Louisa Acciari, a PhD student at the LSE Gender Institute, writes on the LSE cleaners and their fight for equality and dignity. Louisa's thesis looks at the mobilisation of domestic workers in Brazil and their organisation into trade unions. She is an editor of Engenderings - The LSE Gender Institute blog.
On Wednesday 15 March, I woke up at 4am to be at the LSE at 5:45 and form the picket line together with the cleaners on strike. I took a night bus where the few scattered passengers were all migrant workers, on their way to clean big shops on Oxford Street. The strike went on for two days, to demand equal terms and conditions with in-house LSE staff on the following points: sick pay, maternity/paternity/adoption leave, annual leave and pension contributions. After 48 hours of strike action, two days of waking up at 4am and standing outside for 12 hours, I was exhausted. But I did it for only two days; the cleaners, on the other hand, do it every single day.
They all wake up around 4am to start their shift at the LSE at 6am, and ensure that everything is clean and tidy for us, students and staff, when we arrive hours later on campus. They clean before we get in and after we leave. They all do this physically exhausting job at unsocial hours for less than £10 an hour, and very little recognition.
Because they are outsourced to the cleaning company Noonan, they do not enjoy the same working terms and conditions as everyone else at the LSE. Yet, their labour is so vital to the smooth running of the school. None of us would be able to work or study without them; indeed, our ‘productivity’ would be severely decreased if we had to do the cleaning ourselves or if this task was not done at all. Have you ever stopped to think what an entire day without having the toilets cleaned and the bins changed would be like at the LSE?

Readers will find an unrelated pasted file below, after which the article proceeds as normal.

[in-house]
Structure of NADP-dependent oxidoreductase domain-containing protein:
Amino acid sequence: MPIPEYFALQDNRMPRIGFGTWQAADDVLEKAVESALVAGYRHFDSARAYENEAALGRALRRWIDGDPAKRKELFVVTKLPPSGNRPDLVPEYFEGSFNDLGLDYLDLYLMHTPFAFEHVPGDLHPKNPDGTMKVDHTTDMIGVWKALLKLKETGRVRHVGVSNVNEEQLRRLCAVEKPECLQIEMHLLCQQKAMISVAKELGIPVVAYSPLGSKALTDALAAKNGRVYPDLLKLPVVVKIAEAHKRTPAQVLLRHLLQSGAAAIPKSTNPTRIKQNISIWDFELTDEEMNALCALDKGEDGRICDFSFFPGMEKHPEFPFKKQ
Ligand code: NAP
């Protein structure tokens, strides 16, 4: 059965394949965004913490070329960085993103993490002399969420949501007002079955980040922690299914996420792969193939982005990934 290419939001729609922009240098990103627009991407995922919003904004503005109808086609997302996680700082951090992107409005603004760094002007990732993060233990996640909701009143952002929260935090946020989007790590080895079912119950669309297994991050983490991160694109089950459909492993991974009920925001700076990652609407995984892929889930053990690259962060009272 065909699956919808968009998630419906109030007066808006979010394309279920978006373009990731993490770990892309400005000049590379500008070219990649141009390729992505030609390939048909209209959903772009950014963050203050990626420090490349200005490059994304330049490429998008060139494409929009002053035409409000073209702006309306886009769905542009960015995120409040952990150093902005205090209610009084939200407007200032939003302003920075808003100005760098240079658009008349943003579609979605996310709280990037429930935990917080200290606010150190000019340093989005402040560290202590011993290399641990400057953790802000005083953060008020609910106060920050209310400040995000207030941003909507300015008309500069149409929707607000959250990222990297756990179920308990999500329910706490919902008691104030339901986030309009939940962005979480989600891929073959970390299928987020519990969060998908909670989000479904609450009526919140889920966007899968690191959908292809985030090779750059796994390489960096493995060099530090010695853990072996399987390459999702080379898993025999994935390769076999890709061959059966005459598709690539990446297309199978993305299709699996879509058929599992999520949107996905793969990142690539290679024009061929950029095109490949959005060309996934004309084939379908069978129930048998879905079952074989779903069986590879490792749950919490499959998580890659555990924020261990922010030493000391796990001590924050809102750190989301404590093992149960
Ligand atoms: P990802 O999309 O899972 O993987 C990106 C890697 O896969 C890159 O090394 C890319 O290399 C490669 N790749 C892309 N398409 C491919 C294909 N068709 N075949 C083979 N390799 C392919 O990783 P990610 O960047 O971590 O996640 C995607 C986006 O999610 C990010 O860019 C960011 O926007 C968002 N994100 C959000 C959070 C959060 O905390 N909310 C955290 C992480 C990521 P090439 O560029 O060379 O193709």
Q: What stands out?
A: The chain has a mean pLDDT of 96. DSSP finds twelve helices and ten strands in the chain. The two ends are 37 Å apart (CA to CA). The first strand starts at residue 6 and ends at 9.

The cleaners are also all migrants and BME; and many of them are women. Precarity often has a gender and a colour. Keeping the cleaners outsourced and with fewer working rights only serves to reinforce structural inequalities and the exploitation of migrant people. Like one of them said during the strike: “It’s like you’re a pay as you go person. When you come to work, you get paid. When you don’t, you don’t. When I’m sick, I’m forced to come to work. How am I going to pay my rent?”
Can anyone inside the LSE or Noonan seriously argue that these workers do not deserve the same sick pay, maternity pay, pensions, or paid holiday everyone else? Mildred Simpson, one of the leaders of the movement, is over 60 years old. She has been working at the LSE for 16 years. She has back pain and a swollen knee because of the hard physical conditions under which she works. But she cannot afford to stop working as she has no sick leave, and she would lose too much money.
The cleaners are angry and tired of being treated as second class workers. This is why they joined United Voices of the World (UVW) and demanded dignity and equality. After 8 months of trying and failing to get the LSE to listen they were finally left with no choice but to go on strike for 48 hours. And they are ready to do it again.
I am shocked by the way the LSE and Noonan are treating them, and I never expected to find this type of exploitation being produced within my own university. All they want is dignity and respect. I urge the LSE and its cleaning contractor to think less about profit and their public image, and more about the human beings they employ. Our cleaners are everyday life heroes; they deserve our admiration for the work they do and their strength to fight collectively for their rights.